Choosing to dive into the world of freelance work can be a fantastic career move for many. Not only does it allow you to be your own boss and choose your own projects, but it also allows you to arrange your working hours as you need. If you want to head off on a worldwide adventure or organise your life around a family or some other commitments, freelance can be a great option. However, there are some things you should know before jumping into such a career.
Is It the Right Move?
Going freelance can be a nerve-wracking decision for many. You are leaving behind the security that a regularly paying job brings. If you do not make the money you need for the month, it will be entirely on you. This can be a lot of stress if you have dependents or commitments to support.
This can even extend to small trivial things. Are you an avid gym-goer? You might have to drop down a tier of your membership or cancel the membership altogether if you cannot properly afford it. If you miss a payment of something important, like a car or mortgage repayment, what sort of ramifications will this have for your family? These are all considerations that need to be made.
Setting Up as a Sole Trader or a Limited Company
When you are ready to go, one of the first things you should do is set yourself up as a company. In the UK, this means that you have to register with HMRC to classify yourself as a freelance worker.
You will get to choose between two structures, that of the sole trader and that of the limited company. Sole traders have less paperwork to fill out than limited companies overall but they are also fully responsible for the financial liabilities of the business. Many freelancers choose to operate as sole traders over limited companies, but make sure you investigate the benefits of both.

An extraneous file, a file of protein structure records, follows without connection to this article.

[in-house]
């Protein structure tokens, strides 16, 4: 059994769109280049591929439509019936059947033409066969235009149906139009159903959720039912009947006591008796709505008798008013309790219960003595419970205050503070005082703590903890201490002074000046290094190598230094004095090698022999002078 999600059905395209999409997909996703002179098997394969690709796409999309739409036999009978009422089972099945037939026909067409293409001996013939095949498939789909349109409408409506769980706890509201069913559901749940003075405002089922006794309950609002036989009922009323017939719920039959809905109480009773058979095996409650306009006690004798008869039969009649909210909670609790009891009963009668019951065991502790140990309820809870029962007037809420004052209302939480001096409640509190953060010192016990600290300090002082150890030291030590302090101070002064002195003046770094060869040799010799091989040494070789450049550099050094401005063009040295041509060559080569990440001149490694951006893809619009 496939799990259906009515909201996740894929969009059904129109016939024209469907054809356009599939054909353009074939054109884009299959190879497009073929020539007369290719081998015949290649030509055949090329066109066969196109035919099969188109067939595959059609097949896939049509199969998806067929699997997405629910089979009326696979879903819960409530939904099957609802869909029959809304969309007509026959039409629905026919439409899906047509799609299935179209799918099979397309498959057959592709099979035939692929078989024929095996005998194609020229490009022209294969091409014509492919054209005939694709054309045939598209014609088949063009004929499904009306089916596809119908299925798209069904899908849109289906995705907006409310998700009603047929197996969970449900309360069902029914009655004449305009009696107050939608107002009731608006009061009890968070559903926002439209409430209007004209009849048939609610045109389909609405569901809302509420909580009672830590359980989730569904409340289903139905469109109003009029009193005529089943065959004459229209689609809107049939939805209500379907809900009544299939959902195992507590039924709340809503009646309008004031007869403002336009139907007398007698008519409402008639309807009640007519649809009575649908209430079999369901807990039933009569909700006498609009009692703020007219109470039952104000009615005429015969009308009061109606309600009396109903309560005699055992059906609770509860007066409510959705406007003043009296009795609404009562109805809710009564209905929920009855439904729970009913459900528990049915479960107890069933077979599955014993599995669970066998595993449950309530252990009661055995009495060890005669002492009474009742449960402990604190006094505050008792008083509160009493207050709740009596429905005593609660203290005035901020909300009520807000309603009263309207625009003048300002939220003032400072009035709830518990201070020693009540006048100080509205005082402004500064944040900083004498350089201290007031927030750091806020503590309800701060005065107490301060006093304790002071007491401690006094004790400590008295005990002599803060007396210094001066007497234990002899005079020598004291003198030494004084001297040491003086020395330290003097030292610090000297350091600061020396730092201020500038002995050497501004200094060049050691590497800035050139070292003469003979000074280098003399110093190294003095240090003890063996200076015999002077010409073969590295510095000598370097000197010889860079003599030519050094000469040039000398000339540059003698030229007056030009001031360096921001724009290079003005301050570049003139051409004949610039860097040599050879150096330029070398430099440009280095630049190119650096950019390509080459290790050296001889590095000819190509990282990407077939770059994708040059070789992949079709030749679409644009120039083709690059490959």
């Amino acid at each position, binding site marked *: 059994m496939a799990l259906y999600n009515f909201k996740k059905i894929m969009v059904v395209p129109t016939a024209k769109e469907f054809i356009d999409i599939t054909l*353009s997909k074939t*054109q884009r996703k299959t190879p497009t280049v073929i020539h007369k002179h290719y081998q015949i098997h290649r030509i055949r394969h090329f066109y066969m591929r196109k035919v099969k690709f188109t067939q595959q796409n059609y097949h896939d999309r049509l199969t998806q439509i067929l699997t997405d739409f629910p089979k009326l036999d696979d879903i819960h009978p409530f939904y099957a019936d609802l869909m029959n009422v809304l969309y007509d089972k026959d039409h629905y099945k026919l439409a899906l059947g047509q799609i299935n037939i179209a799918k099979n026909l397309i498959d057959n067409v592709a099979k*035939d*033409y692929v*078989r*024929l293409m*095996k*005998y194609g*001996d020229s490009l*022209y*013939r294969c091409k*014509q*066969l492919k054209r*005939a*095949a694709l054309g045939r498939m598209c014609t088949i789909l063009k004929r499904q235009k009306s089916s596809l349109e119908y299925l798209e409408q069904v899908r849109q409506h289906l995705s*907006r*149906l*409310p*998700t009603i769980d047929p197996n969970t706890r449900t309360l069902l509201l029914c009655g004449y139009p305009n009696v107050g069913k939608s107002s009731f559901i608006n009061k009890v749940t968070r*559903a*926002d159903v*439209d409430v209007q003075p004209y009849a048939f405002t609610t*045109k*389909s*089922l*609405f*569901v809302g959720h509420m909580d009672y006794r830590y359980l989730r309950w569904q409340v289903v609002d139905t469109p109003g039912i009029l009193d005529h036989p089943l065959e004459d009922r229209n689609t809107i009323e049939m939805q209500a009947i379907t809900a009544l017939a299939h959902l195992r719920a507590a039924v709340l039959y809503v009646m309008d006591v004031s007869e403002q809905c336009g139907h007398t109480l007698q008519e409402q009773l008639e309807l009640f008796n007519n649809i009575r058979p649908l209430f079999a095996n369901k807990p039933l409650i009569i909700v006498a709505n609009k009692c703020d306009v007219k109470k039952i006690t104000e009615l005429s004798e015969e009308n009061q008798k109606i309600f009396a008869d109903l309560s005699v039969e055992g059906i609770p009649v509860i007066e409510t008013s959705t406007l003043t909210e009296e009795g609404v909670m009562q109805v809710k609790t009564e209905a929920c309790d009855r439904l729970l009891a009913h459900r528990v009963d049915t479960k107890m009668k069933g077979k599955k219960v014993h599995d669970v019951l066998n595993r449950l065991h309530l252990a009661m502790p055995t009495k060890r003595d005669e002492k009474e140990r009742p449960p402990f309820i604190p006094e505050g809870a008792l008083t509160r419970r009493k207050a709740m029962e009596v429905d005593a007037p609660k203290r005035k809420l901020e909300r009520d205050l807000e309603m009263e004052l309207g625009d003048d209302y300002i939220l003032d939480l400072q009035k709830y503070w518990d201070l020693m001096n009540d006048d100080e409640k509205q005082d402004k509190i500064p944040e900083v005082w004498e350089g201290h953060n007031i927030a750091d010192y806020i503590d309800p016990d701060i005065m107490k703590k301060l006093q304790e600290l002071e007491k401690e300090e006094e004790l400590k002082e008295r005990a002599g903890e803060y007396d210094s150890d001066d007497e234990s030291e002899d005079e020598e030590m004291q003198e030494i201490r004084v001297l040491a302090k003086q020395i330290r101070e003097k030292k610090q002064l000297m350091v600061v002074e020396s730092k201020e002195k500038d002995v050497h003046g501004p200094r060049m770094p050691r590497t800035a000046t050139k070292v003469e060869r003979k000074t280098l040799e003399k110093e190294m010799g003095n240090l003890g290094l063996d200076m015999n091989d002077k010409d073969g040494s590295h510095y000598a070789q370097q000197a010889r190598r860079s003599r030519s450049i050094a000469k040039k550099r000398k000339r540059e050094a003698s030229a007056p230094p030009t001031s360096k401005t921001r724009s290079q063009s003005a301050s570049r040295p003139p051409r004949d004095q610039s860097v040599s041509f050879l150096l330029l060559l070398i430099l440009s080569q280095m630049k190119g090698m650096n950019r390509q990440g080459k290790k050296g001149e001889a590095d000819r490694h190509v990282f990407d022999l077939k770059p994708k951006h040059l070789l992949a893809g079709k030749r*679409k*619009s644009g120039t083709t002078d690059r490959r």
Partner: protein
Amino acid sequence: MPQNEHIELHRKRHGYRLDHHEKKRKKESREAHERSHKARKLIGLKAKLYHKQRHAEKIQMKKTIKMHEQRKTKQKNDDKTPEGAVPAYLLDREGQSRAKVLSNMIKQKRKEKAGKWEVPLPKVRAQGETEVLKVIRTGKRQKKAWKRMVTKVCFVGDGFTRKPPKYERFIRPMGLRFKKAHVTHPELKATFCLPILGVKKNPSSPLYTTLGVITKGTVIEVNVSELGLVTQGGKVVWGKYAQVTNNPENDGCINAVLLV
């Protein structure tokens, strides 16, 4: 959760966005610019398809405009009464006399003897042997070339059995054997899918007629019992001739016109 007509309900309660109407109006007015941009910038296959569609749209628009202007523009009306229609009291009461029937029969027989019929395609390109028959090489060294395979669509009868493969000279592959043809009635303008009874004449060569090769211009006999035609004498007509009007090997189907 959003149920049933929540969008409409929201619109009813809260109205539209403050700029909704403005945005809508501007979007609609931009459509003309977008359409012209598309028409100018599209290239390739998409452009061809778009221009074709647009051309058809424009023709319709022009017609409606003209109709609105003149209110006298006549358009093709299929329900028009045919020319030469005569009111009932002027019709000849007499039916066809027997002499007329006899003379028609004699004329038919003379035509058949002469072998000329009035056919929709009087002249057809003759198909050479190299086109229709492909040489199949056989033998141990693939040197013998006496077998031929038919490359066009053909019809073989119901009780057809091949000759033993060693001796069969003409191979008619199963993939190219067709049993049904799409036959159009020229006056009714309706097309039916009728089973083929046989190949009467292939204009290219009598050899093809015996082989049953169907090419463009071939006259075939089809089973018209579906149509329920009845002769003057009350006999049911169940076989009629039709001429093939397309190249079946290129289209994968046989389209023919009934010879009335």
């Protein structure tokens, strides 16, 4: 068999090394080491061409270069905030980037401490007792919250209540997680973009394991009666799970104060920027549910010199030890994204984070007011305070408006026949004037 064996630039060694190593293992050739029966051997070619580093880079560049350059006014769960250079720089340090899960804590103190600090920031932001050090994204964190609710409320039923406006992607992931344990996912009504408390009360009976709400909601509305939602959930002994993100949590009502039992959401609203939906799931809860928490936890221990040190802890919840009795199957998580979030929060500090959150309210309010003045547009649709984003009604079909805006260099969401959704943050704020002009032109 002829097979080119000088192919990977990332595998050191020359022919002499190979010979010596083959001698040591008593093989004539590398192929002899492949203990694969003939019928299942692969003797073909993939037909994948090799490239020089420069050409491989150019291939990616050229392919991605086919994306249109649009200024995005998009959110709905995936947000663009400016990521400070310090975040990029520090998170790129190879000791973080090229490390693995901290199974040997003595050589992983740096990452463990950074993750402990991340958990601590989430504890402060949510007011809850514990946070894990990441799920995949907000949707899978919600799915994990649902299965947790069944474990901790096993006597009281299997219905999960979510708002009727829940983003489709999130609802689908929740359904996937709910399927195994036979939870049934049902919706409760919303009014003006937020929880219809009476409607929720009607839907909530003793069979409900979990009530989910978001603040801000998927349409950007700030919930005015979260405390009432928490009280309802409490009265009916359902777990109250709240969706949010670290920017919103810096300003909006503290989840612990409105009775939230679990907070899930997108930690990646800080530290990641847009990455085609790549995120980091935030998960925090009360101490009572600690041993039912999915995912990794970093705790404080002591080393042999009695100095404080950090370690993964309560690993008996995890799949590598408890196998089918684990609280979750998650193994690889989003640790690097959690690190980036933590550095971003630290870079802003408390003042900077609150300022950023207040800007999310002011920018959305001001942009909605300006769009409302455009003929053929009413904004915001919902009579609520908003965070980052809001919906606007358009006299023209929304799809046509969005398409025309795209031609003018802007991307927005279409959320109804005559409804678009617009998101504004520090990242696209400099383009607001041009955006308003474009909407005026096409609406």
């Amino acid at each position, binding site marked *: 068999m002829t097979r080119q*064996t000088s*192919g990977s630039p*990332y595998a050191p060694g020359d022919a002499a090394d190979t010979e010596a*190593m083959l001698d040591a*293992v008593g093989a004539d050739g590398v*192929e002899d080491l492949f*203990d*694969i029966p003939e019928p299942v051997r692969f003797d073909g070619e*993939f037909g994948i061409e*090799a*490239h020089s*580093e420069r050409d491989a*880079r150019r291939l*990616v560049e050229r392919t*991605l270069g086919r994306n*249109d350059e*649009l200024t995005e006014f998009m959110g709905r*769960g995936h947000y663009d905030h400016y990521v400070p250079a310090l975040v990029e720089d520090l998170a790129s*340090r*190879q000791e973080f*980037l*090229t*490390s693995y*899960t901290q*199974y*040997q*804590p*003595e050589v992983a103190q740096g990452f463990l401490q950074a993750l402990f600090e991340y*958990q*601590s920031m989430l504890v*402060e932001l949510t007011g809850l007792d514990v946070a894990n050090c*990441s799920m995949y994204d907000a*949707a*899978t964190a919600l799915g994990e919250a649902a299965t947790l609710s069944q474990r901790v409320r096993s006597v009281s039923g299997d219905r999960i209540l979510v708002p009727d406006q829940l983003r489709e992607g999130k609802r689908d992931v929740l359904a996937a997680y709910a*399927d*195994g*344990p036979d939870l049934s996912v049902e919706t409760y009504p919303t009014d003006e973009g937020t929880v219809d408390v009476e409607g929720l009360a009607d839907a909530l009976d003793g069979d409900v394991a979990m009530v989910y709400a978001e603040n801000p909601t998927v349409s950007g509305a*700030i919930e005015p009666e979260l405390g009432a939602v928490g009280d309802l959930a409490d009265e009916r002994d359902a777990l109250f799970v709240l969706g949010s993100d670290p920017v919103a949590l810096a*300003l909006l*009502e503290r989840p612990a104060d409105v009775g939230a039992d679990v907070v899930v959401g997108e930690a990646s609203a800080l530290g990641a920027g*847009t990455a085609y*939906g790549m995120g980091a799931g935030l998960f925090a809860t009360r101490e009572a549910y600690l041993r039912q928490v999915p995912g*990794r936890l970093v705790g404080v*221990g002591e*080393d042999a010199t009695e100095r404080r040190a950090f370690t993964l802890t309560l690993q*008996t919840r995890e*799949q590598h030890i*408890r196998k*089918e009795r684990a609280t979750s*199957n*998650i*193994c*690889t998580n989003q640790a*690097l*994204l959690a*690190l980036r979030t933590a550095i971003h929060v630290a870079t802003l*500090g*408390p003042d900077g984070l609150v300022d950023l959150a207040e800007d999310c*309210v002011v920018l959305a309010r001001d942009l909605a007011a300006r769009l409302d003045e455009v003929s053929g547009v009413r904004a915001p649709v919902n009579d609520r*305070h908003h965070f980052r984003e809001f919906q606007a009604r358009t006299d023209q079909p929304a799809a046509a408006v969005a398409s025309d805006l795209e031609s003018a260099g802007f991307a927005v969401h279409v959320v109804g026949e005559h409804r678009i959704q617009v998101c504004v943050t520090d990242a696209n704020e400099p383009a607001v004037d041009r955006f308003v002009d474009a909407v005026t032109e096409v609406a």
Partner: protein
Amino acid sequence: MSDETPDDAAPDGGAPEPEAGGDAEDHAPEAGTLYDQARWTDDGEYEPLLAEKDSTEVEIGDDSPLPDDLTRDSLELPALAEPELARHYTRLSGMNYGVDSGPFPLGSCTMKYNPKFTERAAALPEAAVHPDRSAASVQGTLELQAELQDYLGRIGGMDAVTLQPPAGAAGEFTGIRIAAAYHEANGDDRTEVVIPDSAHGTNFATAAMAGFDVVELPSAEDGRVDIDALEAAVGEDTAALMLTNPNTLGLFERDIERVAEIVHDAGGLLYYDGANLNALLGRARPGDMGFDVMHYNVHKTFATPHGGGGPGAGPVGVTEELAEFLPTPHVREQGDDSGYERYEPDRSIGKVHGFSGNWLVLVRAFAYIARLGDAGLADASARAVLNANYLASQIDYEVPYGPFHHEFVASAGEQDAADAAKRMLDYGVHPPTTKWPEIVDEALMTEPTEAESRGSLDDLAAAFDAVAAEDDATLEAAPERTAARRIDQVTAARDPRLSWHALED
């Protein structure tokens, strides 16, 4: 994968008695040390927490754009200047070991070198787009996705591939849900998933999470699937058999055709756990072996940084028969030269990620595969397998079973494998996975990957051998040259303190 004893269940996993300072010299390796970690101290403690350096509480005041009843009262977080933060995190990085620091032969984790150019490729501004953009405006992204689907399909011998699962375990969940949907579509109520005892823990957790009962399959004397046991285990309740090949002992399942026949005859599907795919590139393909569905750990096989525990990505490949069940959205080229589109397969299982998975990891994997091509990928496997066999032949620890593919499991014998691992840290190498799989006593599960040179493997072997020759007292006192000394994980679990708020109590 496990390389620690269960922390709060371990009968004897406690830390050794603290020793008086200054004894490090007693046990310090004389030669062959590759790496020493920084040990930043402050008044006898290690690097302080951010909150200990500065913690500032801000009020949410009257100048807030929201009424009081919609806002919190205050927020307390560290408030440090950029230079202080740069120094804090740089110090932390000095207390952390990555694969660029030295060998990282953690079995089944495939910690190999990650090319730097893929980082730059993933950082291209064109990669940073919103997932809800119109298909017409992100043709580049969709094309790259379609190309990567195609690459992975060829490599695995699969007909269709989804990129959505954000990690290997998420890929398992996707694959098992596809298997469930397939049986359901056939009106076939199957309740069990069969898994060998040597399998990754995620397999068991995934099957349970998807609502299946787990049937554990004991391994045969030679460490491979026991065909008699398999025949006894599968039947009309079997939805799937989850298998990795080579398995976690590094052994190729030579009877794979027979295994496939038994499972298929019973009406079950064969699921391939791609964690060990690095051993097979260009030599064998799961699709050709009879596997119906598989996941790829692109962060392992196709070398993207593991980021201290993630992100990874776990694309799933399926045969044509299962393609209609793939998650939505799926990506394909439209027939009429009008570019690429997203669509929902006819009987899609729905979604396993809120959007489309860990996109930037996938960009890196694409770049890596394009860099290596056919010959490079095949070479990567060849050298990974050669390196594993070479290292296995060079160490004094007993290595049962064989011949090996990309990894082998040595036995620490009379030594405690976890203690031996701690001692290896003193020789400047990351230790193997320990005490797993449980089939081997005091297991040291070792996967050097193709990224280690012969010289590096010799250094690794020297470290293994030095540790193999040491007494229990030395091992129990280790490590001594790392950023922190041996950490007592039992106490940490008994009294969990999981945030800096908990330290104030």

Work Out Your Rates
Undercharge and you won’t make enough. Overcharge and you may struggle to attract clients. Choosing your rates is going to be one of the hardest balancing acts you will face as a freelancer. A great place to start is by looking to see what your nearest competitors are offering and aligning your prices in a similar way to theirs.
You should also decide whether you will offer a flat-rate fee or some sort of timed fee. For example, many choose to charge by the hour, or a freelance journalist or copywriter may charge by the word.
Find Your First Clients
You may already have your first clients waiting for you to get started, or you may be starting from scratch. Nevertheless, there are some basics that you need to fulfill.
Having professional social media and contact points like an email address is a must. You should also set up a website as soon as you can. Advertising in shared spaces either online or in your local community is also a fantastic way to attract interest to your business and get things rolling.
Even if you are a freelancer, you are still going to need business insurance. This is one of the most crucial applications you can make as a business owner, so get covered as soon as you can. You need to think carefully about the policies you need. For example, professional indemnity insurance is a must for anyone who will be giving out advice while general liability insurance is needed to cover visitors who may come to your office or workshop.
Once you are covered and fully set up, you should be able to begin building your freelance business. It can be as simple or as complex as you like, but you should always aim to make it as profitable as possible. Before you know it, you could be supporting yourself using the money you have earned through your own freelance business.